He then began to tell the story of years and years of alcohol abuse and his bad treatment of his family during that time. At the very first glimmers of his recovery, his wife was pregnant again, and when the baby was born with a severe deformity, the storyteller from Providence loathed the child. Loathed: that was his word, and he loathed him from the first moment. But then God through circumstance began to deal with the man. The time for telling himself the truth had come––by grace––and he wanted to give up the alcohol, over which he admitted he no longer had any power. On the contrary, alcohol had all power over his life. He did follow through and part of his commitment to the new life was his decision to love the baby he in fact loathed. So, each time he passed the infant’s crib, he would lay his hand on the baby’s head and say, “I love you.”
Although the first time he laid his hand on the baby’s head he had no love for the child in his heart, as the days turned into weeks turned into months, with countless passings by the baby’s crib and consequently countless layings of his hand on the baby’s head with his profession of chosen love, the man did come to love that child with a love deeper than he had ever experienced. We can make that same type of decision in our lives both to forgive and to love. To forgive ourselves and others, to love ourselves and others. I think part of the importance of vowing love in a marriage ceremony is the commitment to a decision to stay with it when the initial glow of first love and romance and wedding planning are gone, and we find ourselves in the nitty-gritty of everyday marriage to another faulted human being. That reality is much more deeply satisfying in the long run through life, but in the short run it would sometimes try the patience, even of Job.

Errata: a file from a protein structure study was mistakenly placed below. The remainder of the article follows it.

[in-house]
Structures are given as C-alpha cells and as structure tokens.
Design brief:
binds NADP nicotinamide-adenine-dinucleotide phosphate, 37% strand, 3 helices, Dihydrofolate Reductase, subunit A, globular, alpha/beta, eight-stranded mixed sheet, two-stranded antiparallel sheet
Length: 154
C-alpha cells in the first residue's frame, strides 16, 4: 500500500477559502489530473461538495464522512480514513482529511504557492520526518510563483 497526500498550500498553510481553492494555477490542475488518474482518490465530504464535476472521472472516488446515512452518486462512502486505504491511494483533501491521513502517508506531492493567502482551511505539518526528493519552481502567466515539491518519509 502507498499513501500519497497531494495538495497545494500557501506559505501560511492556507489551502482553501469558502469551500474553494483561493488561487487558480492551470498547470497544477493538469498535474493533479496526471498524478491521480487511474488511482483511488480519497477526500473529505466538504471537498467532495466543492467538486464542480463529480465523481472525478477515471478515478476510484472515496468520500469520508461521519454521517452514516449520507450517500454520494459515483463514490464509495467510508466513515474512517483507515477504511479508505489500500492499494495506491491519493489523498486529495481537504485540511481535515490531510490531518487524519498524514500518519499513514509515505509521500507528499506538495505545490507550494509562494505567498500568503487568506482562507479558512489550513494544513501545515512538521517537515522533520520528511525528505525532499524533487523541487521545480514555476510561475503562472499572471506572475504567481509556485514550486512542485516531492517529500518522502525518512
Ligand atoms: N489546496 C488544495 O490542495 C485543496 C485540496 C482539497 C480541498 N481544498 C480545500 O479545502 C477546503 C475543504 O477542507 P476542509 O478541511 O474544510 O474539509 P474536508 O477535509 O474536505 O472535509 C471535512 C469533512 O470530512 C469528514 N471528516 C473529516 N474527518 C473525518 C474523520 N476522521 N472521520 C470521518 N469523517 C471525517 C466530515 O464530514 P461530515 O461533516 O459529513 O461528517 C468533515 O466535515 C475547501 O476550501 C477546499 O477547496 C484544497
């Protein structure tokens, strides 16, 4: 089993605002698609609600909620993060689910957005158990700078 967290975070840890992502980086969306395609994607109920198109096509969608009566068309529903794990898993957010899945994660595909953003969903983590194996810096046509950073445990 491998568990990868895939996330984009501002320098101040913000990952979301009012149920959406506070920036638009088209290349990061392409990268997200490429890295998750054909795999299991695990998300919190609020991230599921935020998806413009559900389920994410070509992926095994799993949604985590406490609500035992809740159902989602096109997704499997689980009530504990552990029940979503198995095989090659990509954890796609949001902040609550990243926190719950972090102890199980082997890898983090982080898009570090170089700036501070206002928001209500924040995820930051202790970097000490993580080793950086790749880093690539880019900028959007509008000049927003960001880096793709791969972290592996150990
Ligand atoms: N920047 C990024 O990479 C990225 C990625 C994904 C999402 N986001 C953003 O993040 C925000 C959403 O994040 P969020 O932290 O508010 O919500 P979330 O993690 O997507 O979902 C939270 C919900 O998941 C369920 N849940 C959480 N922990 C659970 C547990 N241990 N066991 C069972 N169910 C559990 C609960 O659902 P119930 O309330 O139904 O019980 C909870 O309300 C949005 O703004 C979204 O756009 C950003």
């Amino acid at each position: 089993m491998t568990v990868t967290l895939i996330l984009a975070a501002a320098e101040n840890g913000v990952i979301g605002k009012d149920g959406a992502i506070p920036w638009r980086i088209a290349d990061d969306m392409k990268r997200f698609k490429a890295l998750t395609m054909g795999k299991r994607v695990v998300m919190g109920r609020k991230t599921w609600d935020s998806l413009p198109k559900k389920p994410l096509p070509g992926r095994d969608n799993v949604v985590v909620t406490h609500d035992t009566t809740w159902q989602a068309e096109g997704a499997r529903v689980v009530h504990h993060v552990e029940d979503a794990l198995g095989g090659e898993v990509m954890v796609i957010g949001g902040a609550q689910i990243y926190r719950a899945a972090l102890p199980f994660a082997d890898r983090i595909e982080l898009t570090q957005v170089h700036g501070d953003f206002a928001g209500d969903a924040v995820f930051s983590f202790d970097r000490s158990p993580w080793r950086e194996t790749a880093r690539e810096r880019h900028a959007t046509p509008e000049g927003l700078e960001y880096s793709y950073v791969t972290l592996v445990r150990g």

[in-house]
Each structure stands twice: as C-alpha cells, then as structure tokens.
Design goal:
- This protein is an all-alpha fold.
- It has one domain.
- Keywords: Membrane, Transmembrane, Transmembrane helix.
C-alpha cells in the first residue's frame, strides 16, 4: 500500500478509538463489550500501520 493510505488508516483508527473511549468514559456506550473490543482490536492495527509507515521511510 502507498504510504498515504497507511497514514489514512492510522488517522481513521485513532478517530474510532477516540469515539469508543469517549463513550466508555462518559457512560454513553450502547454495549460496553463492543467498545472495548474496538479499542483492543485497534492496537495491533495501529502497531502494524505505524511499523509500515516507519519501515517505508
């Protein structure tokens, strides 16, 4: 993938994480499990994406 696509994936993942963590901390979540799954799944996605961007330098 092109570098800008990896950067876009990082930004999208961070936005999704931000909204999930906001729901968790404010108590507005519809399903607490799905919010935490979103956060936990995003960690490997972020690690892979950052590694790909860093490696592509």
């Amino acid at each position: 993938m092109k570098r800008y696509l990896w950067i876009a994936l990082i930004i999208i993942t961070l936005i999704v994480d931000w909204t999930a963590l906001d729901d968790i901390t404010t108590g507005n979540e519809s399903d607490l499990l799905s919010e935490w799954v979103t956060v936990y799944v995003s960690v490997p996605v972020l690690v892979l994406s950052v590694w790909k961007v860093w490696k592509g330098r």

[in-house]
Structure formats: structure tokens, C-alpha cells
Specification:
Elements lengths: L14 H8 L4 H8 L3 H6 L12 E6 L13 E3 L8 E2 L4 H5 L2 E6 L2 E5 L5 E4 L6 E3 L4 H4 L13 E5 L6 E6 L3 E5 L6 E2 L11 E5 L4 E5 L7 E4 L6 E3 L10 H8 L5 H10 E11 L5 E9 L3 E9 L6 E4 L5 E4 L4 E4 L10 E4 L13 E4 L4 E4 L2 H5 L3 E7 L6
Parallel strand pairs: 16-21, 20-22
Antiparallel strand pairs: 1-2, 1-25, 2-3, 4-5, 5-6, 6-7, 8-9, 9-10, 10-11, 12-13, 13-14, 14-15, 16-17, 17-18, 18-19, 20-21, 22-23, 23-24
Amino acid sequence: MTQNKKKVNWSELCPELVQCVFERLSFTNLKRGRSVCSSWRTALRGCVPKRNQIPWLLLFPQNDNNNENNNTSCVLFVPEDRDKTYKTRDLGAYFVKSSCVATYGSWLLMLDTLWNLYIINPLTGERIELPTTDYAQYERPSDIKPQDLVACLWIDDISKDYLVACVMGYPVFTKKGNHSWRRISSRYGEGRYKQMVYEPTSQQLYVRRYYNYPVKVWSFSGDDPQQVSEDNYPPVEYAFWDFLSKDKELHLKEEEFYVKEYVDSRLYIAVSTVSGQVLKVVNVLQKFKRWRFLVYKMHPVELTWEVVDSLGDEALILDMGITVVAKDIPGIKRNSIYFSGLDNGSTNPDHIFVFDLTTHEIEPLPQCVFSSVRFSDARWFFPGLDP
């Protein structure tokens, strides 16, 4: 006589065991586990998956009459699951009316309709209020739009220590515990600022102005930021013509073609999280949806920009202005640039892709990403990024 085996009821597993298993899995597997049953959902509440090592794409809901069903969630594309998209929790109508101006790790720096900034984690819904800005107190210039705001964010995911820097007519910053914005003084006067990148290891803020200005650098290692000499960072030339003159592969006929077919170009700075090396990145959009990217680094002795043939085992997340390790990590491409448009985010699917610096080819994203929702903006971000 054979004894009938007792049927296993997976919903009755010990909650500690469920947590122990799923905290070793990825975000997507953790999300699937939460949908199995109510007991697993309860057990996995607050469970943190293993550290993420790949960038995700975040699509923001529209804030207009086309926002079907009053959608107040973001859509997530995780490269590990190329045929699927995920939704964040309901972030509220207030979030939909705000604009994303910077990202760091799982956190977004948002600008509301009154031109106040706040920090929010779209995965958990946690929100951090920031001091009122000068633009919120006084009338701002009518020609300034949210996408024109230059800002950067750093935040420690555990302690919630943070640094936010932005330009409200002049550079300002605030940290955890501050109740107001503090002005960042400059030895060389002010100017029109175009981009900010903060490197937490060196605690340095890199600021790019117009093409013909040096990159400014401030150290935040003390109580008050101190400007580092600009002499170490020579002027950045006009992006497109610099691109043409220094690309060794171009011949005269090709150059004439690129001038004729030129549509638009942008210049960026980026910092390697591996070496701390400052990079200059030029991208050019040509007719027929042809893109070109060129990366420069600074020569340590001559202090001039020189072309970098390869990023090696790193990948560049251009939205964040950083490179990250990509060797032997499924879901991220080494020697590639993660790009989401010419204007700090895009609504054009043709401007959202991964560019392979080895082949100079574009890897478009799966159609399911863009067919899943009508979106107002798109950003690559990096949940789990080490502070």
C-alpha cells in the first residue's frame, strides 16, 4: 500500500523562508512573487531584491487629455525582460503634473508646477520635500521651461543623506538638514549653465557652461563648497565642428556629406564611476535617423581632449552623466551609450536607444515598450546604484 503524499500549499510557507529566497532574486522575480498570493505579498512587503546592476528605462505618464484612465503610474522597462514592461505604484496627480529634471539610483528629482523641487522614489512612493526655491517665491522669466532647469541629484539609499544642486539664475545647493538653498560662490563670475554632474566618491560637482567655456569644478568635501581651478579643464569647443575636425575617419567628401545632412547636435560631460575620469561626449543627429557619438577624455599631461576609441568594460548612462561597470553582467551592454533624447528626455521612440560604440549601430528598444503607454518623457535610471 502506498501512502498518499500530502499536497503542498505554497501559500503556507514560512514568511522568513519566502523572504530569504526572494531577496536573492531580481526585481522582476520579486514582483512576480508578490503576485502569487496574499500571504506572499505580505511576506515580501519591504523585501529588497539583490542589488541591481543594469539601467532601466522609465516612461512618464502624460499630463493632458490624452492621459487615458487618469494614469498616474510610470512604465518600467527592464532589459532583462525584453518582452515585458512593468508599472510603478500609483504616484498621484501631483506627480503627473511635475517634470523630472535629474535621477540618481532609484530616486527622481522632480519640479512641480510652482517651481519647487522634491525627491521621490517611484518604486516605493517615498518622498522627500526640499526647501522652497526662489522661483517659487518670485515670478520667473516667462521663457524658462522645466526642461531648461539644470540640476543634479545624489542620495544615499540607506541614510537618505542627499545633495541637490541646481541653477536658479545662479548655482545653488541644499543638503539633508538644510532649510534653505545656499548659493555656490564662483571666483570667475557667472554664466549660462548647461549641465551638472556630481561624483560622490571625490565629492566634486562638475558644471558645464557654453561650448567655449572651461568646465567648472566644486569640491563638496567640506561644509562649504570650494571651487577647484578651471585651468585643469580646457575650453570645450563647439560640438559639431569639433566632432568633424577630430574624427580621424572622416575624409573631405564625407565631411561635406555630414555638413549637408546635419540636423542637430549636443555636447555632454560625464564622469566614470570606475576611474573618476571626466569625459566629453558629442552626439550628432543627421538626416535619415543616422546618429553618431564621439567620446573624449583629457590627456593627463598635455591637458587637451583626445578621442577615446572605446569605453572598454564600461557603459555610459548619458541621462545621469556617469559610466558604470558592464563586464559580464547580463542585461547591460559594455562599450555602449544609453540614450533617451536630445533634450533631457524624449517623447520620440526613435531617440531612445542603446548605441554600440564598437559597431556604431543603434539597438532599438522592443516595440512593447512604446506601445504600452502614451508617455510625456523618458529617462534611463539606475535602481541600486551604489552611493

I have to get back on track here. So, Jesus has given peace to his disciples and is sending them into the world even as he himself was sent. And we, as I noted, are sent no less than those disciples to heal and teach, to preach and raise up, to serve, to bring the life of Christ to life in a world that longs for that life, even if it doesn’t know its name, which is Love. And that love is embodied perfectly in Jesus, who teaches us how to do it.
But how does he teach us how to do it at this point in time two millennia hence? In the same way he taught the disciples: by his Spirit, who makes all things possible. I was well on in life before I finally got this particular idea about the Spirit. Remember when Jesus said to the apostles in John’s gospel shortly before he died, “It is for your good that I’m going away. Unless I go away, the Counselor––viz., the Paraclete, the Spirit, the Comforter––will not come to you. But if I go, I will send him to you.” What I hadn’t understood up to that point is that it was necessary for Jesus to die before he could send his Spirit back to sanctify and enable the efforts of those who sought to continue his work, to teach his way of life. God, Jesus, the Spirit are One. Three persons, one God, not so difficult, really.
In today’s gospel we have this first appearance to all of the disciples in the Upper Room and Jesus breathes on them that they might receive the Spirit. They would need the peace of Christ in them in order to receive the understanding of the earlier teaching Jesus gave them before he died, and just to accept that he was alive and standing there in the same room with them. That was a lot to swallow. And as we know, also from today’s gospel, one man was missing at that first appearance, Thomas, and by golly he wasn’t going to swallow that story, no matter that they all swore to the truth of it when they told him about it. Thomas’ legendary, “I won’t believe it until I put my finger in the nail prints and my hand into his side,” resonates with all of us. Who would not be skeptical of such a story. Skepticism is a reasonable response to anyone who tells a story of having seen a ghost, and that’s what Thomas must have thought he was hearing: a ghost story.
But has there ever been such a ghost? And in fact we know when Jesus tells Thomas to “Put your finger here; see my hands. Reach out your hand and put it into my side. Stop doubting and believe, “ we know that this is a flesh-and-blood man. Jesus is there bodily and not as an ethereal, ectoplasmic substance. They saw him as he had been on earth, but with the tell-tale addition of nail prints in his hands, and a spear wound in his side.